Tuesday, July 12, 2016

Bell 407, Tennessee Valley Authority, N427TV: Fatal accident occurred July 11, 2016 in Hickory, Graves County, Kentucky

TENNESSEE VALLEY AUTHORITY: http://registry.faa.gov/N427TV 

FAA Flight Standards District Office: FAA Louisville FSDO-17

NTSB Identification: ERA16FA248
14 CFR Part 91: General Aviation
Accident occurred Monday, July 11, 2016 in Hickory, KY
Aircraft: BELL HELICOPTER TEXTRON CANADA 407, registration: N427TV
Injuries: 1 Fatal.

This is preliminary information, subject to change, and may contain errors. Any errors in this report will be corrected when the final report has been completed. NTSB investigators either traveled in support of this investigation or conducted a significant amount of investigative work without any travel, and used data obtained from various sources to prepare this aircraft accident report.

On July 11, 2016, about 1123 central daylight time, a Bell 407, N427TV, collided with terrain during the approach to landing at the Tennessee Valley Authority (TVA) Mayfield Customer Service Center, Hickory, Kentucky. The commercial pilot was fatally injured and the helicopter was substantially damaged by impact forces. The helicopter was registered to and operated by the TVA under the provisions of 14 Code of Federal Regulations Part 91 as a business flight. Day, visual meteorological conditions prevailed, and no flight plan was filed. The flight originated from Clarksville, TN (CKV) about 1048.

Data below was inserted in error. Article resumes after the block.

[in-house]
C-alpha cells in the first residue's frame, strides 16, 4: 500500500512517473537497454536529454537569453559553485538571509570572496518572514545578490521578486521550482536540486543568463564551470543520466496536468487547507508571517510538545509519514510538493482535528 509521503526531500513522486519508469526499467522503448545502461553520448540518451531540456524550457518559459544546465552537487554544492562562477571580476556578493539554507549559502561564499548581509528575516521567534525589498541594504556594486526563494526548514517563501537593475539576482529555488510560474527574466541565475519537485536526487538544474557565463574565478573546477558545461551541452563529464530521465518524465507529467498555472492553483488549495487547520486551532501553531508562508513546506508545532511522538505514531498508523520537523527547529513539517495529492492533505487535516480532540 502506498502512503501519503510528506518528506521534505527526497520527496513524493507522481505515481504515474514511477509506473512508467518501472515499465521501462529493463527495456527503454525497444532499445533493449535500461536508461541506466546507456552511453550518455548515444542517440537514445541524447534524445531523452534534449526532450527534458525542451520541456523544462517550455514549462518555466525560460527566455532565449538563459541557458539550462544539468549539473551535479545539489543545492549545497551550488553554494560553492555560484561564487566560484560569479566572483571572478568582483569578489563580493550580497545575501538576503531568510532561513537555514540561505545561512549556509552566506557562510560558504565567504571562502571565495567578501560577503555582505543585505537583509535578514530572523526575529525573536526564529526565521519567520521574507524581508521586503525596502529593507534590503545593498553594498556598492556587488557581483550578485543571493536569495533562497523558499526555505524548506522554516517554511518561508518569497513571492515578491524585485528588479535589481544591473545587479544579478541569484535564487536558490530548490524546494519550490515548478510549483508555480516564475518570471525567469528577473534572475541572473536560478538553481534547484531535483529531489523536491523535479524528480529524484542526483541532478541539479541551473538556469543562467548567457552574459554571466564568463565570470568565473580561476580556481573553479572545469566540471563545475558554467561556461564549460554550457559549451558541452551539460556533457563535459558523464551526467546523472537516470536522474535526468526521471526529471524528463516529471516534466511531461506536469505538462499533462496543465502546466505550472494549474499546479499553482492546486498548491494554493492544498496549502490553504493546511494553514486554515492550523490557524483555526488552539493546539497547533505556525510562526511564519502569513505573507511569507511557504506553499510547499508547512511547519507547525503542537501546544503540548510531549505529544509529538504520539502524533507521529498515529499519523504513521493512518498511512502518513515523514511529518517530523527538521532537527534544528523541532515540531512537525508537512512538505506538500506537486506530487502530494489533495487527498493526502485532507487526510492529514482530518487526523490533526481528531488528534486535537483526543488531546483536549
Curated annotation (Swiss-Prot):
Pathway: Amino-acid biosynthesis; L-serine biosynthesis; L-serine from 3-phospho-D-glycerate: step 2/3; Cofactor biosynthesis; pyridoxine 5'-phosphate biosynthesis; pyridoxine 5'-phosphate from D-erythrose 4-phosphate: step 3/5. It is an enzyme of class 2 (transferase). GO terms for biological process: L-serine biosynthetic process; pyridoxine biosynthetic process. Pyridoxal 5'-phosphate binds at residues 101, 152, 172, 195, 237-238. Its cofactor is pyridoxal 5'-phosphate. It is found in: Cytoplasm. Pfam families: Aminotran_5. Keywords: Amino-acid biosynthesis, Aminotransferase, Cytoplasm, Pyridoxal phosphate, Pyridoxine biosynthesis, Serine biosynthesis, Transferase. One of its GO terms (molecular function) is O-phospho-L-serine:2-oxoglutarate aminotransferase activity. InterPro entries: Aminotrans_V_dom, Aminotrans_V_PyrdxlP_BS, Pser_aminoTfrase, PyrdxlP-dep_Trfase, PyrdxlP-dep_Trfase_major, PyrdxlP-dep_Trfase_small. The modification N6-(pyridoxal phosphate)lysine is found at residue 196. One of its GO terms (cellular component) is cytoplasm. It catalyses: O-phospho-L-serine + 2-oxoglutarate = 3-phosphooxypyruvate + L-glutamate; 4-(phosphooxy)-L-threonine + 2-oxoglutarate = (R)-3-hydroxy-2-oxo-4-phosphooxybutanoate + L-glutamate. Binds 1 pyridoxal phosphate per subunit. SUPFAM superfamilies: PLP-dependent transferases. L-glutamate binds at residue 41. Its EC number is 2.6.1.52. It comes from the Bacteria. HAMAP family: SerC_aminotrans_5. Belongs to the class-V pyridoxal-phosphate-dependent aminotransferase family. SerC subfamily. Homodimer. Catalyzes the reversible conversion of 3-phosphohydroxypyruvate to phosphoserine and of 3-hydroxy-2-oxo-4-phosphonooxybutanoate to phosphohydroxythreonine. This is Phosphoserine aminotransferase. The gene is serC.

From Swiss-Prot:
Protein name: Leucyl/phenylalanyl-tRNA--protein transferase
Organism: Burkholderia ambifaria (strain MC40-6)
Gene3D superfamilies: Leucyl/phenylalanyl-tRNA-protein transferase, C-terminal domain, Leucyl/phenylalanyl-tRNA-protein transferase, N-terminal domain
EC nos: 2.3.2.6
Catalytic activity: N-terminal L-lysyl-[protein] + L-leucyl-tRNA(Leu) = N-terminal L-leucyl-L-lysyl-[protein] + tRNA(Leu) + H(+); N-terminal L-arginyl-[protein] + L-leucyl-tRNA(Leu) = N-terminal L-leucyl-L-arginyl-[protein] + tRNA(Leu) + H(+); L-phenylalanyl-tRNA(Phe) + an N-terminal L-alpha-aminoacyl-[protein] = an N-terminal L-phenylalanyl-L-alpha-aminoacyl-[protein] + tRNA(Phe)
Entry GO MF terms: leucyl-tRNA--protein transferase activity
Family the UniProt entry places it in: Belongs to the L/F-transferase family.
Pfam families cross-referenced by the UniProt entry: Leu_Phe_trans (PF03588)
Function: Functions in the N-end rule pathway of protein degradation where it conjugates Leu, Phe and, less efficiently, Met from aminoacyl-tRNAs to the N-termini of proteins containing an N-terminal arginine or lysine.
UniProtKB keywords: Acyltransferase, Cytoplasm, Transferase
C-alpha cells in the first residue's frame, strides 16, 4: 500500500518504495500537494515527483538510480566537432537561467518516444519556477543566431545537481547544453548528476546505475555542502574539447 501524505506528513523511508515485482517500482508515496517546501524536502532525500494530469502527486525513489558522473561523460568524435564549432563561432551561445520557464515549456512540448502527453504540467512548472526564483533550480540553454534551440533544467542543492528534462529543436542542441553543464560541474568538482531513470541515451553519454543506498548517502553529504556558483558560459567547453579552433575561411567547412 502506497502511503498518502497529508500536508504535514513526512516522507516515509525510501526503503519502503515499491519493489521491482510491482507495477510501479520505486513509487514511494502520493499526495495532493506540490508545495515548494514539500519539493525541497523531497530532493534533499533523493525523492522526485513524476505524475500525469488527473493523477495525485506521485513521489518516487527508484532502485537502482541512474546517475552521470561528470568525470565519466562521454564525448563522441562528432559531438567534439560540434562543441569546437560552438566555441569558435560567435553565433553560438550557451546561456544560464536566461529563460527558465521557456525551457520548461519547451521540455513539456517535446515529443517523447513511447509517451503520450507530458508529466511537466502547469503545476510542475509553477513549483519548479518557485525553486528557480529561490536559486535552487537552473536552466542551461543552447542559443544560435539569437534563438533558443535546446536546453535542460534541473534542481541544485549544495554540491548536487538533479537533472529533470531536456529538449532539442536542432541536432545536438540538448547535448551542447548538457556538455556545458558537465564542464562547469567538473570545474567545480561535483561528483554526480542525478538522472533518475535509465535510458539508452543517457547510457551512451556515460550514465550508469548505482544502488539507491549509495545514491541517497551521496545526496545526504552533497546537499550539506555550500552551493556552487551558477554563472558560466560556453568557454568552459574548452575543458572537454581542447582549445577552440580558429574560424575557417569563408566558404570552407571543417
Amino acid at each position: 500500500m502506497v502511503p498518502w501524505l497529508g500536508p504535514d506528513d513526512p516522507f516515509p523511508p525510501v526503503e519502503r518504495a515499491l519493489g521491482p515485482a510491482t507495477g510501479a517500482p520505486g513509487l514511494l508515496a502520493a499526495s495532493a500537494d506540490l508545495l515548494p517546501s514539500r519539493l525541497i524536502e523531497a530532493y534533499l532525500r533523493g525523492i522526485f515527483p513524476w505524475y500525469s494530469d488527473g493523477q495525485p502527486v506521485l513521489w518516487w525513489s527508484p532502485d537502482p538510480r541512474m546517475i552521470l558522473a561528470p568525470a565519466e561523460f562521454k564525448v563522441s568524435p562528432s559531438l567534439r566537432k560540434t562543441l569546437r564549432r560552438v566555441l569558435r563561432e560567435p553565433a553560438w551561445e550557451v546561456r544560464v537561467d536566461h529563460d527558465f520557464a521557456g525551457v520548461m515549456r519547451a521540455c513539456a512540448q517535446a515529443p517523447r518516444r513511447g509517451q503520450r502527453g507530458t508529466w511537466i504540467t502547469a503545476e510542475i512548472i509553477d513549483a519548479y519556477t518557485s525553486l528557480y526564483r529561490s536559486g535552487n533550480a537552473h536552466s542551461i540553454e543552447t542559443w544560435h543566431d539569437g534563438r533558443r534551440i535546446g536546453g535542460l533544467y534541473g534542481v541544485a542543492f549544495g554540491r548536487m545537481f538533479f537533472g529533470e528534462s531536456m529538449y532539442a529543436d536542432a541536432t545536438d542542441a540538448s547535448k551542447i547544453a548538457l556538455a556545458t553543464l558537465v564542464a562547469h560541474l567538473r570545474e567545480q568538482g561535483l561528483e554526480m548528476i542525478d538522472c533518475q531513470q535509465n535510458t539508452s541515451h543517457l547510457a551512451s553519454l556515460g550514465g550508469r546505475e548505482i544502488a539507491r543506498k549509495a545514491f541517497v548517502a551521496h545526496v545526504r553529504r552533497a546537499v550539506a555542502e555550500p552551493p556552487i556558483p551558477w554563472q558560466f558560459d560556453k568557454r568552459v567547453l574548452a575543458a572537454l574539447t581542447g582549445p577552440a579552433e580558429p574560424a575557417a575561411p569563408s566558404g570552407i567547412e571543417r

According to TVA personnel, the pilot flew the helicopter to Clarksville, Tennessee (CKV), refueled, and then flew to the TVA Customer Service Center to board a maintenance lineman for the purpose of inspecting power lines and equipment.

A TVA lineman witnessed the accident, and he reported that there was a light wind from the south/southeast and the helicopter appeared to be making its final approach from the north. The witness stated that there were no abnormalities in sound or position, until the helicopter was approximately 75 to 100 feet above the ground. He observed the main rotor abruptly tilt to the right. Immediately after, the entire helicopter banked to its right and fell to the ground. The witness stated that he never lost sight of the helicopter, described the impact as very hard, with no sliding or bouncing. He saw the rotor blades break apart. The witness then ran into the building to get help.

The pilot, age 58, held a Federal Aviation Administration (FAA) commercial pilot certificate with airplane single engine land, rotorcraft-helicopter, instrument airplane, and instrument helicopter ratings. He held a FAA second-class medical certificate with a restriction to wear corrective lenses. The pilot reported 18,430 total hours of flying experience on his medical certificate application that was dated March 31, 2016.

The helicopter came to rest on its right side, about 220 feet west of the intended landing zone (LZ). The LZ was a level, open, gravel-covered storage area for power transmission equipment. All four main rotor blades separated from the main rotor hub during the impact sequence. The tail boom severed from the fuselage, and the tail rotor hub and blades remained attached to the tail boom. The engine continued to run after the accident, and was subsequently shut down by responding personnel.

The helicopter's fuel system was not compromised and contained about 695 pounds of fuel. All primary structural components of the helicopter were accounted for at the accident site. The engine was controlled by a Full Authority Digital Electronic Control which contained non-volatile memory (NVM) in an Electronic Control Unit. Investigators confirmed that the accident sequence was captured in the NVM.